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Introduce Yourself(ie)

Introduce Yourself(ie): 10 Questions with The Little Foxes Star Michael Benz

May 9th, 2017 by

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Introduce Yourself(ie): 10 Questions with The Little Foxe...

Michael Benz makes his Broadway debut as the loathsome young aristocrat Leo Hubbard in MTC's acclaimed, Tony-nominated revival of Lillian Hellman The Little Foxes. As a child, he starred in the popular British sci-fi TV sitcom Mike and Angelo; he's appeared in several Shakespeare productions at the Globe, the RSC, and the West End, including the title role in Hamlet. Below, Michael talks to BroadwayBox about a memorable Shakespeare audition with Mark Rylance, getting scolded by Maggie Smith, and making his Broadway debut in The Little Foxes.

1. My favorite thing about playing Leo:
Getting to mess about with this group of actors on stage every night. I love them. Oh, also my horrible little mustache. That’s my absolute favorite thing.

2. Before a performance of The Little Foxes, I typically:
After spending half my wages at Pret a Manger, I typically warm-up on stage.

3. I perfected my Southern Accent thanks to:
Deb Hecht, our brilliant accent coach. She is THE BEST, and a wonderful person. I was raised in the UK by American parents but my natural accent is more American than English, especially since living in NYC...but getting Alabama just right took some extra effort.

4. Biggest difference between starring on West End and Broadway:
There’s a difference, but I’m still trying to figure out exactly what that is. But in short: Broadway audiences are warmer. They seem to come in expecting to have a good time, while West End audiences feel a little trepidatious…as if they’re saying, “Go on, prove to us that you’re good.” But honestly, audiences are audiences the world round—if the material and the show is good, they have a good time. Oh also, standing ovations are rarer in the UK…as are entrance applauses. Also, Broadway audiences whoop more…a LOT more.

5. Shakespeare role I’d like to do in New York:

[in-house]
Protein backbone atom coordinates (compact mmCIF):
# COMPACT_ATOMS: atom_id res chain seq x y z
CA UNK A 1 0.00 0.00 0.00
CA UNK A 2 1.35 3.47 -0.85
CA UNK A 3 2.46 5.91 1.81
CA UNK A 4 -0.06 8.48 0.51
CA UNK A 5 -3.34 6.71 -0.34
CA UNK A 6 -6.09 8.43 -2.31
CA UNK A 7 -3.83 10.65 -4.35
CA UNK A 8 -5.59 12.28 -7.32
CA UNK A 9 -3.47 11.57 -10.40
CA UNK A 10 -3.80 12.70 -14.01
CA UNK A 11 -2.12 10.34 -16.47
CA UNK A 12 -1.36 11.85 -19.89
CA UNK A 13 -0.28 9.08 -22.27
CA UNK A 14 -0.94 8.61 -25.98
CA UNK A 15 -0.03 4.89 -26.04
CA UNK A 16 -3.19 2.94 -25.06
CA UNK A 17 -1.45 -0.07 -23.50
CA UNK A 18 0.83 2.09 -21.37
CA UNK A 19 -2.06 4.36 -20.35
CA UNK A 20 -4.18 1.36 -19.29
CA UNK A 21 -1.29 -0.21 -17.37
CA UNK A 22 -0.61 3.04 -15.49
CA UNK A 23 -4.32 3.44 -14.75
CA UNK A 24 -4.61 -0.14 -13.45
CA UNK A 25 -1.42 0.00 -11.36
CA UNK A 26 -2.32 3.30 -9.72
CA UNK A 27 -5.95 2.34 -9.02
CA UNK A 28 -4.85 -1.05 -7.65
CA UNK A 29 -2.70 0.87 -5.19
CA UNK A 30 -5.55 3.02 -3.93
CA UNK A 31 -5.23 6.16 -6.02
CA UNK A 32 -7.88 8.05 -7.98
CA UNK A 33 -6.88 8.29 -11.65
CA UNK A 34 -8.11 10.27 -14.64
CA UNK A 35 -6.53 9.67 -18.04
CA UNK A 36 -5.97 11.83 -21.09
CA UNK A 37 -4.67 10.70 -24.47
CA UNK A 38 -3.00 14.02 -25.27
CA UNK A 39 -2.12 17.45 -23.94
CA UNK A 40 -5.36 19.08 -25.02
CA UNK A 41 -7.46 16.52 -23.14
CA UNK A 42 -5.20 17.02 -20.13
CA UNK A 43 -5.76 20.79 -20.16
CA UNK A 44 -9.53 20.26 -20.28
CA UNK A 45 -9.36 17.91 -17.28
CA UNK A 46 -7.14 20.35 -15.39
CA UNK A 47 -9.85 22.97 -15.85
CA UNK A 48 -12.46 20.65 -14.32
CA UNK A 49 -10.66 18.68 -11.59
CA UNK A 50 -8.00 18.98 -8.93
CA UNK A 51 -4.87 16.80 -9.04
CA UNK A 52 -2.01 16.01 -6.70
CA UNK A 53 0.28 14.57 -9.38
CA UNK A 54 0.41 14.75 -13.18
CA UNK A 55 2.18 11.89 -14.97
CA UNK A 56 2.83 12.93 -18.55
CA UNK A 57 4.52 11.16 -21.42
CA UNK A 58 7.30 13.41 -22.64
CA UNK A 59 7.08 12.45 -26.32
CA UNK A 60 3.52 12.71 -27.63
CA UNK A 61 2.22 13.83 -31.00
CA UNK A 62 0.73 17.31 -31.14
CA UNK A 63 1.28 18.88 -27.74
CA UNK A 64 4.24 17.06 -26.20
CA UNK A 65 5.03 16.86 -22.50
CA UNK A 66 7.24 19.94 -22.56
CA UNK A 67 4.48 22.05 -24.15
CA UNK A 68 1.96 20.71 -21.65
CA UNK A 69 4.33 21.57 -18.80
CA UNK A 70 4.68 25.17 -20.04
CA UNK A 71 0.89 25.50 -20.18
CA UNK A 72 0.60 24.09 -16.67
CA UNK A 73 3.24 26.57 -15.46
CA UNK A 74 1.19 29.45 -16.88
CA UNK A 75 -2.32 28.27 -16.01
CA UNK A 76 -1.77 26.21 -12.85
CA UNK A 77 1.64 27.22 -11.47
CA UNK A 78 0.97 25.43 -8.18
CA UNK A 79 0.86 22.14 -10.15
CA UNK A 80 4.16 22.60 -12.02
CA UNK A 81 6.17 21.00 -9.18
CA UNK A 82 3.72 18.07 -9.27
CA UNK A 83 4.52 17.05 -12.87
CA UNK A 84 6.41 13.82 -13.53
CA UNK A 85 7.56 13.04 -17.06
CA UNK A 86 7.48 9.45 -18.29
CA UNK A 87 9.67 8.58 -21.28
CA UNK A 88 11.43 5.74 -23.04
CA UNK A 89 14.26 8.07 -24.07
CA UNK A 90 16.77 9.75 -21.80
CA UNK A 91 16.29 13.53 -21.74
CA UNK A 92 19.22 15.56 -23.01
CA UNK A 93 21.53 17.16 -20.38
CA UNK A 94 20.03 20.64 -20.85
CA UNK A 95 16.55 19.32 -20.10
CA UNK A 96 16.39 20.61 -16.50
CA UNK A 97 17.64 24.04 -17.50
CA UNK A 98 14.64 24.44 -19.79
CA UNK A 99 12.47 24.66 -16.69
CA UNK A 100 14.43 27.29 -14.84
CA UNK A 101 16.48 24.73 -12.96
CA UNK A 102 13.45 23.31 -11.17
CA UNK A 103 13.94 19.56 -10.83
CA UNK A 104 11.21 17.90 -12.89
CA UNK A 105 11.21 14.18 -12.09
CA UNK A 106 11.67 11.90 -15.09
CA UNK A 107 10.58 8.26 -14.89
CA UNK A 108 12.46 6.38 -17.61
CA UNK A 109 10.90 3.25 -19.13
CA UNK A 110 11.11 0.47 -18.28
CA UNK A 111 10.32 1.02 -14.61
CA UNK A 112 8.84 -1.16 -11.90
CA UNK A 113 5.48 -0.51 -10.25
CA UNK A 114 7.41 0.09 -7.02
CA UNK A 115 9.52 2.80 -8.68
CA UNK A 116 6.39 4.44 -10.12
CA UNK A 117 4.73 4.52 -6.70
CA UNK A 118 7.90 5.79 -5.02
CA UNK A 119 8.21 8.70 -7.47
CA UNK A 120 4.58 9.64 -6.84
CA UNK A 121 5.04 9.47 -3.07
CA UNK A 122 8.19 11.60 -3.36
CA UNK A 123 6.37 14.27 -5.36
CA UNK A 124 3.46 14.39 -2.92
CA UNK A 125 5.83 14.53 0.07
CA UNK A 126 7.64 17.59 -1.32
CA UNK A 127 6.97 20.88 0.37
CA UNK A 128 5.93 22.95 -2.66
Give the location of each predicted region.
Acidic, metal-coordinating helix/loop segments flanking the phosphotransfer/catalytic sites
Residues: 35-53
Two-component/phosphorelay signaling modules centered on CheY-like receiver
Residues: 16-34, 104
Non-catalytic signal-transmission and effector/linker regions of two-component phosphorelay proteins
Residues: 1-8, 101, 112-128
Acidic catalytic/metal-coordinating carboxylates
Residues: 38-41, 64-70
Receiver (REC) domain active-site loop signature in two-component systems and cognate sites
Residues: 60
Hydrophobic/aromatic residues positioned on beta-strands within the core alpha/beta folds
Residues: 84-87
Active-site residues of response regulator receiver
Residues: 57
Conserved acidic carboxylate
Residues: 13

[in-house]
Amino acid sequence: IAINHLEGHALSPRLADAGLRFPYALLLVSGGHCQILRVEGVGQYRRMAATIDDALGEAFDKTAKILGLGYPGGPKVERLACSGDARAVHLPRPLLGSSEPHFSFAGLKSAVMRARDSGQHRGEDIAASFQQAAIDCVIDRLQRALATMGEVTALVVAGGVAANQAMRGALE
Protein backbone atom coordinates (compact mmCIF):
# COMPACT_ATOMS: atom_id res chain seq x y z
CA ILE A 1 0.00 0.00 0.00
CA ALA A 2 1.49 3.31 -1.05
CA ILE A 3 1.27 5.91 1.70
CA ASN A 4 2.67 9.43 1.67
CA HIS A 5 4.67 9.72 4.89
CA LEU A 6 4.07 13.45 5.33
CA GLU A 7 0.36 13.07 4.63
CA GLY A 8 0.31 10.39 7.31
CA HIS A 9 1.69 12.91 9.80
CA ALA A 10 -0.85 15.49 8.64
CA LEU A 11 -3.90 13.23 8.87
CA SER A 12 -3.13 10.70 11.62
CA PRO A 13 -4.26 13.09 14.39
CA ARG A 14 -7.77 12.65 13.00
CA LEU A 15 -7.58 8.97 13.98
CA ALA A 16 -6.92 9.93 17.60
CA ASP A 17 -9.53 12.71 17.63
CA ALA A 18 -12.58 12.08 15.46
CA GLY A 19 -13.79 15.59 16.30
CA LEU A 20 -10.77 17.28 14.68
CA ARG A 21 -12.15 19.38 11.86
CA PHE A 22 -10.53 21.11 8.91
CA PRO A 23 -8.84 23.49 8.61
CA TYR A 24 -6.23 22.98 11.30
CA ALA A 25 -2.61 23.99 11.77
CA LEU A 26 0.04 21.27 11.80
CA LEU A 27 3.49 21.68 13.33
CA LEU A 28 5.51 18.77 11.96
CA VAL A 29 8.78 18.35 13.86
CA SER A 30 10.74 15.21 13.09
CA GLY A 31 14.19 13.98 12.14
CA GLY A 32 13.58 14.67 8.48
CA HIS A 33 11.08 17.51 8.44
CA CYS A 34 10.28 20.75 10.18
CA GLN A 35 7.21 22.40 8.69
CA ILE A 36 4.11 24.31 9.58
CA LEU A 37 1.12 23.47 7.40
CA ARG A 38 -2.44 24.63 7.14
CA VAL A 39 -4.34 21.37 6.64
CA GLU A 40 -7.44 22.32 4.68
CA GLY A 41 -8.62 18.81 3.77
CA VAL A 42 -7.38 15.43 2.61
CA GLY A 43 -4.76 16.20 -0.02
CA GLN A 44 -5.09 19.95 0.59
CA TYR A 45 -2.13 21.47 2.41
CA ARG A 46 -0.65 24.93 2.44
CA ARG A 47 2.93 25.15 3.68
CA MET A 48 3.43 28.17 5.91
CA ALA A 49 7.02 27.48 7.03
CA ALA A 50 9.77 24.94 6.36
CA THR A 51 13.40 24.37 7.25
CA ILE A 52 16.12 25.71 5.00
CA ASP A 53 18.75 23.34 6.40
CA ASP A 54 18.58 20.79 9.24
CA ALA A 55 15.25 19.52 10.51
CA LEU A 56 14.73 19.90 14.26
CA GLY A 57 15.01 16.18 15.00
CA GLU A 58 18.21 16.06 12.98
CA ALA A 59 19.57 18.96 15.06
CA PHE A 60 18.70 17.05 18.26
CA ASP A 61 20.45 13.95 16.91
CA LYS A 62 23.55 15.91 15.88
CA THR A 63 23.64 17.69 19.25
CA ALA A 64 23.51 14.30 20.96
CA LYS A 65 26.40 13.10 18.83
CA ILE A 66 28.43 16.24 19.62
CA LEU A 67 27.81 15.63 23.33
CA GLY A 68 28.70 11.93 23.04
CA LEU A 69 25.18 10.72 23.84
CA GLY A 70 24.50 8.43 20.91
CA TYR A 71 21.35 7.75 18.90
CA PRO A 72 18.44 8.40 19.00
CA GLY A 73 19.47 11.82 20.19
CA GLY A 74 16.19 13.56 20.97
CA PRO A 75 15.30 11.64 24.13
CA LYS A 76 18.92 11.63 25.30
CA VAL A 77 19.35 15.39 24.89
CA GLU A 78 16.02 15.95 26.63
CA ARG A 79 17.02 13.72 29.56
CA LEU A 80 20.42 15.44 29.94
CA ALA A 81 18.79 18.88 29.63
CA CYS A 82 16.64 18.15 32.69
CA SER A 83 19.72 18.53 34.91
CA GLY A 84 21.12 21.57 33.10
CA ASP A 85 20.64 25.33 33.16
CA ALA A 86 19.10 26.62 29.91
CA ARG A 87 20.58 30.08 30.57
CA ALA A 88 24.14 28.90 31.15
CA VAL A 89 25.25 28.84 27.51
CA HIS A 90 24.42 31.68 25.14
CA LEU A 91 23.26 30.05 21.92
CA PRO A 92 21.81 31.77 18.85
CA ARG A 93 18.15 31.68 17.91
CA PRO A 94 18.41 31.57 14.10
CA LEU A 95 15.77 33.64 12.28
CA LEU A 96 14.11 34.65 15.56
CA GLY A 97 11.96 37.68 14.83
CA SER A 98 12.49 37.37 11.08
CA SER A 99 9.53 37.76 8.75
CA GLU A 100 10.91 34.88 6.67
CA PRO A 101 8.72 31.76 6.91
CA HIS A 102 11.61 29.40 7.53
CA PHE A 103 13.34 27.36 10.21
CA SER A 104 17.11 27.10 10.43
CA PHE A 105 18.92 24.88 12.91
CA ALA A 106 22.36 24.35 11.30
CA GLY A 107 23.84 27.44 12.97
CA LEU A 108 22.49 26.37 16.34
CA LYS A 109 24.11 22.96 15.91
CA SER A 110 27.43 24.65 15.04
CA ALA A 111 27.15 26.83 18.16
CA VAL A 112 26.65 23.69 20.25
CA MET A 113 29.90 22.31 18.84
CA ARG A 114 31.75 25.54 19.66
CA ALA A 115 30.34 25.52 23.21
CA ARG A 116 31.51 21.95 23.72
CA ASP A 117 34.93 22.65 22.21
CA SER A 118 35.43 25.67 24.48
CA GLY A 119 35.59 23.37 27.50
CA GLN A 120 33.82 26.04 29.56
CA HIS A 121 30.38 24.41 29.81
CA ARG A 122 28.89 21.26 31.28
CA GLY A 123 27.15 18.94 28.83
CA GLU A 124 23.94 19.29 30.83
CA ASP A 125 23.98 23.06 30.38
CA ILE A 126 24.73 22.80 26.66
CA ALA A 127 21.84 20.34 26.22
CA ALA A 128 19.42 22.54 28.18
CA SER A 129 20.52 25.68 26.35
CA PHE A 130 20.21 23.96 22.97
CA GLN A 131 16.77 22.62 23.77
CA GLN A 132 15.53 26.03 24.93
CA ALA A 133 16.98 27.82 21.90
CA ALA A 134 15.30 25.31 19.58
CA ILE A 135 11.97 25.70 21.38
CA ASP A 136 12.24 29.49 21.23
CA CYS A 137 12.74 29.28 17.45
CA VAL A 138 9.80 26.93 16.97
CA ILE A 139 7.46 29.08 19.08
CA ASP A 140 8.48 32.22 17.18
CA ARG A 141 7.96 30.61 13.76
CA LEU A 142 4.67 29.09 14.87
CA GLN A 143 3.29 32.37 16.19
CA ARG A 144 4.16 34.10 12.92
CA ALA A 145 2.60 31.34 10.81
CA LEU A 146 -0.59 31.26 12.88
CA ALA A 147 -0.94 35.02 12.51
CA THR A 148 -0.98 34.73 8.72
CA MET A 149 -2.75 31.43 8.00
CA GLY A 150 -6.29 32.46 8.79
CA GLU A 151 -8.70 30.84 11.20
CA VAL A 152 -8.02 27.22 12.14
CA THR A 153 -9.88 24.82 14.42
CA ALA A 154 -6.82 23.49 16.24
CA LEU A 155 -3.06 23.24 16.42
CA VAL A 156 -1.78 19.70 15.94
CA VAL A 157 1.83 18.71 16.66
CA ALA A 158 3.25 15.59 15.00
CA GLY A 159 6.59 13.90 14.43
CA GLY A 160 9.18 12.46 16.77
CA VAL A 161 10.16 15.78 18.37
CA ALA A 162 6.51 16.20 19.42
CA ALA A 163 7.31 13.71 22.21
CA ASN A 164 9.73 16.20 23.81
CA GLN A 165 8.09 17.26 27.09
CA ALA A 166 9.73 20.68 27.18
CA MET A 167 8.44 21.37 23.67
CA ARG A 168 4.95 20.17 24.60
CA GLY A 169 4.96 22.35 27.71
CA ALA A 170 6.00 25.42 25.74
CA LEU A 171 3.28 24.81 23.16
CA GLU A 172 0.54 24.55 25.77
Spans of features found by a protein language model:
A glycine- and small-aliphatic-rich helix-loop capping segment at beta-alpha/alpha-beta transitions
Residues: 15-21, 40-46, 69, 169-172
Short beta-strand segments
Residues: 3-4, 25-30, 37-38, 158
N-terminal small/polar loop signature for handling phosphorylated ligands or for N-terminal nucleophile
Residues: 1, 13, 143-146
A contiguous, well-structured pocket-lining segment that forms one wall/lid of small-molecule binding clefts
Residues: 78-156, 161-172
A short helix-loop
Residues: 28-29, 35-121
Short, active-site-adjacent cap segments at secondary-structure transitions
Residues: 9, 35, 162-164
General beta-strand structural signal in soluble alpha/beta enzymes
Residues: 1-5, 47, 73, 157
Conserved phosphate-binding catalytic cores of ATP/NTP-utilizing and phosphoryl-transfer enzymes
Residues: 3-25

I think Richard II. I’d love a good crack at that. And I’ve always had my eye on Edgar in King Lear and Angelo in Measure For Measure. I’m rarely cast as the “bad guy” in Shakespeare…so that would be fun. And maybe Hamlet, again, someday! Also, I've never done Shakespeare in an American accent so that would be interesting.

6. One thing being a child actor on TV taught me:
It was a long time ago, but my fondest memory is how everyone brought a sense of fun to what they were doing. There was an important task at hand, but at the end of the day, we’re all dressed up in costumes pretending to be other people, just like when we were kids. And everyone treated each other with an enormous amount of respect. Every now and then you’d see an adult act more like a petulant child…and that kinda ruined everything. So I think my biggest lesson was to treat people with respect and always be fun and kind. The industry is tough enough as it is…the very least we can do is not be jerks.

7. My best Downton Abbey set story:
My first day of shooting was the hottest day of the year and it was a picnic scene with Maggie Smith, Shirley MacLaine, and Paul Giamatti. It was so hot I nearly fainted. Then I remembered Maggie and Shirley are in their eighties in corsets and hats and that I was being a wimp.

A couple weeks later Maggie Smith scolded me on set; I was goofing off with Paul Giamatti…we were joking and laughing about something stupid and she was in my sightline and she looked right at me and said “SHHHH, boy!”. I went stone cold quiet…but Paul didn’t hear or see so continued on.

Oh also, a few weeks after that I walked in on a half-dressed Michelle Dockery (Lady Mary)…our trailers were right next to each other…our names start with the same letters, etc…I made a mistake and walked in on her half naked. She thought it was hilarious and laughed it off, but I was mortified and so apologetic. But she was fine with it. It could have been worse…at least it wasn’t Maggie Smith.

8. My most memorable audition story:
One time I auditioned for Richard III for the part of Duchess of York, Richard’s mother…it was with Mark Rylance in London at the Globe, and we did the scene where the Duchess confronts Richard and curses him. After we did it, the director wanted Mark and I to improvise the scene a bit. Mark was great at it, trying to help me along, but I was stumped and stumbling. At one point Mark improvised something like, “You made me the way I am, mother. You brought me into this world” and I screamed in his face at the top of my lungs, “I FUCKING WISH YOU’D NEVER COME OUT OF ME!!!” So…that was surreal. And memorable. I didn’t get the job.

9. I was inspired to pursue a psychology degree from Georgetown because:
Despite being an actor from of the age of 10, I didn’t know what I wanted to do as a “grown-up.” So I wanted to go to college and study anything and everything, but not acting. And because I felt half American I wanted to try living in the US. I tried lots of different things, and psychology felt like a good fit. After I graduated from Georgetown I moved back to London to train at RADA.

10. The biggest challenge I’ve faced as a performer and the way I overcame it:
Not knowing when/what the next job is going to be is sometimes frustrating…the “not knowing.” But the way to overcome it is to lean into it…it’s exciting, and if I’ve learned anything from this industry, it’s that you never know what’s around the corner and who you’re going to meet.

Don't miss Michael Benz's Broadway debut as Leo in 'The Little Foxes' at the Samuel J. Friedman Theatre through July 2.